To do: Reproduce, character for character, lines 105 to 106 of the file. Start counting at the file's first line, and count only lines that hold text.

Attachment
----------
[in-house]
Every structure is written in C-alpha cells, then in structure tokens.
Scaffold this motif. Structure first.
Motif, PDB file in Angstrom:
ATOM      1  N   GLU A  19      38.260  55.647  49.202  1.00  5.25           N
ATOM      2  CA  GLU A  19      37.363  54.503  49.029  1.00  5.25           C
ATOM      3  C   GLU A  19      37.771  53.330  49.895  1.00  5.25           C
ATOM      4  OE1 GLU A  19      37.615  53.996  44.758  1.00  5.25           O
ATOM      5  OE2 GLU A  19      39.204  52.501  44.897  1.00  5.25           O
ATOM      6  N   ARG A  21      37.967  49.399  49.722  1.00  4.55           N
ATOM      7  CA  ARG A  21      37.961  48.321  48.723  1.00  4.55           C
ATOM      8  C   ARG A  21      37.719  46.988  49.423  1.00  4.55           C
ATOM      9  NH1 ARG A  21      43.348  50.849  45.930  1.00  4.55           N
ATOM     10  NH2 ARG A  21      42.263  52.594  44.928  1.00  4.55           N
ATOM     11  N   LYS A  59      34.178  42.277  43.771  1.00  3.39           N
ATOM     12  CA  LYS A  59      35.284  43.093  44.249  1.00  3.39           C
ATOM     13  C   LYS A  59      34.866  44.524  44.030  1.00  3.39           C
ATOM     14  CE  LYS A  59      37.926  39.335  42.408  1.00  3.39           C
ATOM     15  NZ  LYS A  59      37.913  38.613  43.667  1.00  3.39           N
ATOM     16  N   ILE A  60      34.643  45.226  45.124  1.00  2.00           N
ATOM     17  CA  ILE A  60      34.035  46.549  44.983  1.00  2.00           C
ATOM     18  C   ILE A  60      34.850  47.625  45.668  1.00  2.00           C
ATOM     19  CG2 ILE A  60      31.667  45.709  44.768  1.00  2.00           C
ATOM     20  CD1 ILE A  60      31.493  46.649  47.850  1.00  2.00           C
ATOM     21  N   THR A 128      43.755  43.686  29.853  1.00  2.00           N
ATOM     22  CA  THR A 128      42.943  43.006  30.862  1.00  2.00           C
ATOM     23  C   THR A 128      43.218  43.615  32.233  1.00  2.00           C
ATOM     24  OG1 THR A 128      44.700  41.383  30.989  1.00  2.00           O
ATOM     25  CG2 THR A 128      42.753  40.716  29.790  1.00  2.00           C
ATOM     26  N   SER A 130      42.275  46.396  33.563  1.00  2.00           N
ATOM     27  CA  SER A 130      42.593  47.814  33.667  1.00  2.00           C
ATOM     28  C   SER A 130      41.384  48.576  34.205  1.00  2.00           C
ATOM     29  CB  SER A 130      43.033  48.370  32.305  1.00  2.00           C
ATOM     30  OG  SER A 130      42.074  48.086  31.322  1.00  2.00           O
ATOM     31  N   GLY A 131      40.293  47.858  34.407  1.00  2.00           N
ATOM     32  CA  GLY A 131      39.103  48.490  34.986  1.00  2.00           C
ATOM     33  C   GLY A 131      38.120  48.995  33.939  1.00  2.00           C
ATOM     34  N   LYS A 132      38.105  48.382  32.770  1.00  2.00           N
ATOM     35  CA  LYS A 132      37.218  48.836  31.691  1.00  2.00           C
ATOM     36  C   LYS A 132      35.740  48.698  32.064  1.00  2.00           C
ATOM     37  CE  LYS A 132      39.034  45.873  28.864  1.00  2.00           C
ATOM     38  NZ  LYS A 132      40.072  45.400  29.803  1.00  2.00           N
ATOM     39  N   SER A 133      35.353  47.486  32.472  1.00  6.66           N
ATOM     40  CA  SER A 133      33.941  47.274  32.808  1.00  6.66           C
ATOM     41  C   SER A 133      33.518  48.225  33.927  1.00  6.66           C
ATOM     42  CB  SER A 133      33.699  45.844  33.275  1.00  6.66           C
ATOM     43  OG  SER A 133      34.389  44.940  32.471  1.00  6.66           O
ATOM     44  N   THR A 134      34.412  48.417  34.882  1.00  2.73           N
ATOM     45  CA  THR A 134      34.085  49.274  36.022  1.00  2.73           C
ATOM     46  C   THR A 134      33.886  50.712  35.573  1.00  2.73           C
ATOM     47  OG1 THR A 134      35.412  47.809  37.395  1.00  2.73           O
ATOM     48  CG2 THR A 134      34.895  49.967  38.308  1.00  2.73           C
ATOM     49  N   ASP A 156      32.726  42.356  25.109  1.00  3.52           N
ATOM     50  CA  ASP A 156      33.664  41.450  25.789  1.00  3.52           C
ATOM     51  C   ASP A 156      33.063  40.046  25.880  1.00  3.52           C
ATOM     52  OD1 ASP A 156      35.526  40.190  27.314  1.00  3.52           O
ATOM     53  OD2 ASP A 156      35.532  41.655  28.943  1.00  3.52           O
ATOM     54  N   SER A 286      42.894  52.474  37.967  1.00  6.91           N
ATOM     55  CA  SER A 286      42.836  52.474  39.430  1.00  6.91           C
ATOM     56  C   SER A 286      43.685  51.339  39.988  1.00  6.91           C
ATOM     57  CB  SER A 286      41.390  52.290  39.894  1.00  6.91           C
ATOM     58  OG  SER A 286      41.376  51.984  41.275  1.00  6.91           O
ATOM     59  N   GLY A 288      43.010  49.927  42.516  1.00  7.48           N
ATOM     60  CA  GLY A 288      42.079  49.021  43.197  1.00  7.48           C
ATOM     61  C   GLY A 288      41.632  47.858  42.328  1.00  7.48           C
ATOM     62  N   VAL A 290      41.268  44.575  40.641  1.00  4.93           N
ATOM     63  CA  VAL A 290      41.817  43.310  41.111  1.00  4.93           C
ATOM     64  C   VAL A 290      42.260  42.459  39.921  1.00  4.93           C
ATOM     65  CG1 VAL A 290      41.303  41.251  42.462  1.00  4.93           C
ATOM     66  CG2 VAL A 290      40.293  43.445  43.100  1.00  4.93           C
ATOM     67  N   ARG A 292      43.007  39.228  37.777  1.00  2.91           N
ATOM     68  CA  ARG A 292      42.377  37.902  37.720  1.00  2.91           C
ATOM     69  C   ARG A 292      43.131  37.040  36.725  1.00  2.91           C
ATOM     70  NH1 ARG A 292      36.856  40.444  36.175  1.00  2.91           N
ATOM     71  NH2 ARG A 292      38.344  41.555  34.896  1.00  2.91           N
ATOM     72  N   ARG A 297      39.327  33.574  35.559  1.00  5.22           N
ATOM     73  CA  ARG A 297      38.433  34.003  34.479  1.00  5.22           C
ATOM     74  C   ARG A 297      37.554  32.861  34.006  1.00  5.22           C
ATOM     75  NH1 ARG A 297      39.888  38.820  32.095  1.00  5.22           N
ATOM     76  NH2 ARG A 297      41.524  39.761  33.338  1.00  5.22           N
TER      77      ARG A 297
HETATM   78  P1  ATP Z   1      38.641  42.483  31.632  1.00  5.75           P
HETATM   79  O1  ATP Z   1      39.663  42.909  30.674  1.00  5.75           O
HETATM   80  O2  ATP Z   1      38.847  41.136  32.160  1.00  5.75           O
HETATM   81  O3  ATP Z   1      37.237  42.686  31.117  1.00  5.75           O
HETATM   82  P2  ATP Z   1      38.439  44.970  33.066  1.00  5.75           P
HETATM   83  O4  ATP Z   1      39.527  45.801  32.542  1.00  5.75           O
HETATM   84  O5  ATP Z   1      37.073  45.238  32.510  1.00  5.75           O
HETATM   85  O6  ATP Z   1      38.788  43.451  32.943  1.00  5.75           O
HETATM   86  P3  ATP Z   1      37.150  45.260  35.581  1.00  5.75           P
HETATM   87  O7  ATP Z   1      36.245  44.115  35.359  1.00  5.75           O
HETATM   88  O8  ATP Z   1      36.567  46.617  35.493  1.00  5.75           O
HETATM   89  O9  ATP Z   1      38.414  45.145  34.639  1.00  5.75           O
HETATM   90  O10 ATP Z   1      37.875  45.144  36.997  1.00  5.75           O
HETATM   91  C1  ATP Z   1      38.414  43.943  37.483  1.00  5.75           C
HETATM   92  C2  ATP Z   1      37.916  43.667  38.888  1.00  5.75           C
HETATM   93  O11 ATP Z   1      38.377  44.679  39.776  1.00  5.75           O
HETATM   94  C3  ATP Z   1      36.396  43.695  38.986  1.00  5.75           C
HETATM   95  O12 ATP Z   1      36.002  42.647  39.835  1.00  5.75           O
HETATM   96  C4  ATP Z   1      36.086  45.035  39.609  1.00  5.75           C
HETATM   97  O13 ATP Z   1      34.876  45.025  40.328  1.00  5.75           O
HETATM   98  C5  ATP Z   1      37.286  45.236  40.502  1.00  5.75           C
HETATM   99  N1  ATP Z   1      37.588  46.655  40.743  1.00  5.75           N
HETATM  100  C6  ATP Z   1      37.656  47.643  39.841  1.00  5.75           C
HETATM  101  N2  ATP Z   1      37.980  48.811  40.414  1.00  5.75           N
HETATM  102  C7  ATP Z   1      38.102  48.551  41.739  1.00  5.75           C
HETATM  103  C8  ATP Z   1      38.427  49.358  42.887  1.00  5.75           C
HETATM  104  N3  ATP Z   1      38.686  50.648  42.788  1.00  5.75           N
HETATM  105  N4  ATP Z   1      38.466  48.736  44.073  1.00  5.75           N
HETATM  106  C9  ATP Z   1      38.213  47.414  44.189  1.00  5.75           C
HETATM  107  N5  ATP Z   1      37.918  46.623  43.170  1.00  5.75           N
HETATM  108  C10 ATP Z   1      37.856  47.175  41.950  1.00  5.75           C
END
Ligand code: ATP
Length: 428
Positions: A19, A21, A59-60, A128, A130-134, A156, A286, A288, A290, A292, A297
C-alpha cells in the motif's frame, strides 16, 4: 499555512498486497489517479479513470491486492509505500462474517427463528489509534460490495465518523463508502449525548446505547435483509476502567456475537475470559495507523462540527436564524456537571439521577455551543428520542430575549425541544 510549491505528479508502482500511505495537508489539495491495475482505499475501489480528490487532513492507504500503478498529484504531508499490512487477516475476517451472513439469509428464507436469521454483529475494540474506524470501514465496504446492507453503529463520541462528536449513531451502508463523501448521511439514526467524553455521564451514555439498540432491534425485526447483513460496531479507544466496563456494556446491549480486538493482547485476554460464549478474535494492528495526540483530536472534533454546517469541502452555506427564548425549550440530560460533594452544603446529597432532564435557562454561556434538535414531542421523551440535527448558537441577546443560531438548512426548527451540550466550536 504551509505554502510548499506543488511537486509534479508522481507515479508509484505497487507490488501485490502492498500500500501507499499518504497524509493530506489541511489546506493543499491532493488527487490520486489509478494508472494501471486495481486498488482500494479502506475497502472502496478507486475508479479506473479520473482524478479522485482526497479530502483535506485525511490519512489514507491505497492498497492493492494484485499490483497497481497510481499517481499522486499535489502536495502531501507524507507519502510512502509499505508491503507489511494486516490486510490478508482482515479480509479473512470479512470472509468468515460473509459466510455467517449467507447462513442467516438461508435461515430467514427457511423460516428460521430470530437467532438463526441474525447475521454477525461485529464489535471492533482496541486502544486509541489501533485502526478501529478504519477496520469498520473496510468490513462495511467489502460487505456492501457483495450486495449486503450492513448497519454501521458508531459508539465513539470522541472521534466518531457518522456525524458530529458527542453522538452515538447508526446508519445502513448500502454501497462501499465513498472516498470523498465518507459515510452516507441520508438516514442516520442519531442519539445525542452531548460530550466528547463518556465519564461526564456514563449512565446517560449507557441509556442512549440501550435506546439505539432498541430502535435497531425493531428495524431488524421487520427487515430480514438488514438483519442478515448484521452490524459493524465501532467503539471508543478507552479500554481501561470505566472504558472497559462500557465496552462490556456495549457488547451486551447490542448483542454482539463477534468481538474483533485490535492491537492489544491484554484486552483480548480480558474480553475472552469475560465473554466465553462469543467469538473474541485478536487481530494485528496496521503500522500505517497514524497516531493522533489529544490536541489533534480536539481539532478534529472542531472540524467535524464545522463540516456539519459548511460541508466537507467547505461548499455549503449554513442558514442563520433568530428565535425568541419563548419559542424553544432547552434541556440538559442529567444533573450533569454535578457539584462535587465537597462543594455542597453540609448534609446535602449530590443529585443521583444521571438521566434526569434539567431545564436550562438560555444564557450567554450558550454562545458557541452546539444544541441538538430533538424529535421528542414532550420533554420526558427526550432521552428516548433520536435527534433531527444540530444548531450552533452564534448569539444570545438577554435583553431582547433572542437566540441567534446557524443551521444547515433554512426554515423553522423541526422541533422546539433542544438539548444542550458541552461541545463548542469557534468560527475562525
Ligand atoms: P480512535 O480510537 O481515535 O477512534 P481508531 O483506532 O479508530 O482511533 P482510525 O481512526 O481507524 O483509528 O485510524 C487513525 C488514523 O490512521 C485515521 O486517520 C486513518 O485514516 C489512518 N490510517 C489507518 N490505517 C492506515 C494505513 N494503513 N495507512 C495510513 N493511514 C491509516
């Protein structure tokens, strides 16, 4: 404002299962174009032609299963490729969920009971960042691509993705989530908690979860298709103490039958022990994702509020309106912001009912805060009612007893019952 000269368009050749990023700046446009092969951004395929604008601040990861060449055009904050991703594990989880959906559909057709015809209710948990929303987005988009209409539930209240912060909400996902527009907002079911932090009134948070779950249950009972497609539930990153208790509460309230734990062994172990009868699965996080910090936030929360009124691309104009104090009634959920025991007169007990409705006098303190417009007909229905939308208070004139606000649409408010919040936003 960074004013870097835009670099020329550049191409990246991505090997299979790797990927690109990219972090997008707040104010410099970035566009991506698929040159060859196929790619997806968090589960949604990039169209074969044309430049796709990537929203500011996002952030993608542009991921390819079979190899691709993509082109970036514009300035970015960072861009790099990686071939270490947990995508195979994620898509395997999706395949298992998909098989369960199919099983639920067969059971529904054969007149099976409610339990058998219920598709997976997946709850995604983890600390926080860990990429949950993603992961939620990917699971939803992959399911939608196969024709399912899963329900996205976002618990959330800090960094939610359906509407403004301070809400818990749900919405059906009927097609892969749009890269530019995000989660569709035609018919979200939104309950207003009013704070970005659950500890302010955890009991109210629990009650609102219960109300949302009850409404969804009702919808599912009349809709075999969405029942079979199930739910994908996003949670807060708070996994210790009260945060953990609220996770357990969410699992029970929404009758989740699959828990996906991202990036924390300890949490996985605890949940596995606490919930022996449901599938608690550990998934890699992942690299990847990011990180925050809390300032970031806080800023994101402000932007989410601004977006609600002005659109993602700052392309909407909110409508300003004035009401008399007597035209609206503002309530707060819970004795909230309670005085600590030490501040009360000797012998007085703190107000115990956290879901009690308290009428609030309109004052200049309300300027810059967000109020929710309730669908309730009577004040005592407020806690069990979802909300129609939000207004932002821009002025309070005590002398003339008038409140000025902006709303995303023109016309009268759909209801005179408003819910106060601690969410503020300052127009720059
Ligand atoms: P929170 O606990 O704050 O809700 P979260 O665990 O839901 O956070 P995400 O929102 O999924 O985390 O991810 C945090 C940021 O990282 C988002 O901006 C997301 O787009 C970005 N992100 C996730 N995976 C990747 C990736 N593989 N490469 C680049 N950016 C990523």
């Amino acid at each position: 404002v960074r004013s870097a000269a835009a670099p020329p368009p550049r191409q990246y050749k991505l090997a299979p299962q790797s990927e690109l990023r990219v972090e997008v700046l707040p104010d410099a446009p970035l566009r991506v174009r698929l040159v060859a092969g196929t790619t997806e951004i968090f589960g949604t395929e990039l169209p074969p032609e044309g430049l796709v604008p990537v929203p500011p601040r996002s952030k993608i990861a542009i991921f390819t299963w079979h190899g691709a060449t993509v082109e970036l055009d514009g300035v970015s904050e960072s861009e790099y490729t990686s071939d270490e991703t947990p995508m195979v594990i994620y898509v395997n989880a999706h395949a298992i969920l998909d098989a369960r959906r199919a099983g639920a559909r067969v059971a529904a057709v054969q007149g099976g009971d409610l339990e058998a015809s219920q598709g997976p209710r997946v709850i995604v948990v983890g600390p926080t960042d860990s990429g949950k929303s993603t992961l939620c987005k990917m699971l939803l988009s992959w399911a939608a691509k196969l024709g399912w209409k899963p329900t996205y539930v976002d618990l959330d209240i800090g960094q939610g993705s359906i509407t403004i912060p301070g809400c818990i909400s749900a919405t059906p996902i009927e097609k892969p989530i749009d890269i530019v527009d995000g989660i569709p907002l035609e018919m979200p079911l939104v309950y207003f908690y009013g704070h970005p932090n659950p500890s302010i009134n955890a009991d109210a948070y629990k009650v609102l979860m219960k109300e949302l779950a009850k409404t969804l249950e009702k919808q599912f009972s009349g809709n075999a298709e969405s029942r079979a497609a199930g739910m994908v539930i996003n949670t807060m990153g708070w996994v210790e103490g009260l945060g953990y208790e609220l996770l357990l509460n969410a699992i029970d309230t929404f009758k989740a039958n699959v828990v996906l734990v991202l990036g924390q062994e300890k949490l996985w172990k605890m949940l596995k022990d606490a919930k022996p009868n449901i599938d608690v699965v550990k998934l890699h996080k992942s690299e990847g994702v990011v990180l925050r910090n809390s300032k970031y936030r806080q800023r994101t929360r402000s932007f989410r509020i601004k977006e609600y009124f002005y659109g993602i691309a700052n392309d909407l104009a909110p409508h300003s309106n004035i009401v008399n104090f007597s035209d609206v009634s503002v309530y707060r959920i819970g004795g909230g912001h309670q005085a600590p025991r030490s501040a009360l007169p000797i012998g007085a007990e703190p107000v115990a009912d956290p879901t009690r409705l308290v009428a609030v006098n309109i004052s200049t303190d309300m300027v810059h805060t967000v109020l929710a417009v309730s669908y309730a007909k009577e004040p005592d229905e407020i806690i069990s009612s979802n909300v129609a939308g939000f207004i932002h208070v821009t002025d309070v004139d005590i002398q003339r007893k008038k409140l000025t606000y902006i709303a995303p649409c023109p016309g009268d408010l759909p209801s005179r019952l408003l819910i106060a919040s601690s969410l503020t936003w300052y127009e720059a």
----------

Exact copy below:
HETATM  101  N2  ATP Z   1      37.980  48.811  40.414  1.00  5.75           N
HETATM  102  C7  ATP Z   1      38.102  48.551  41.739  1.00  5.75           C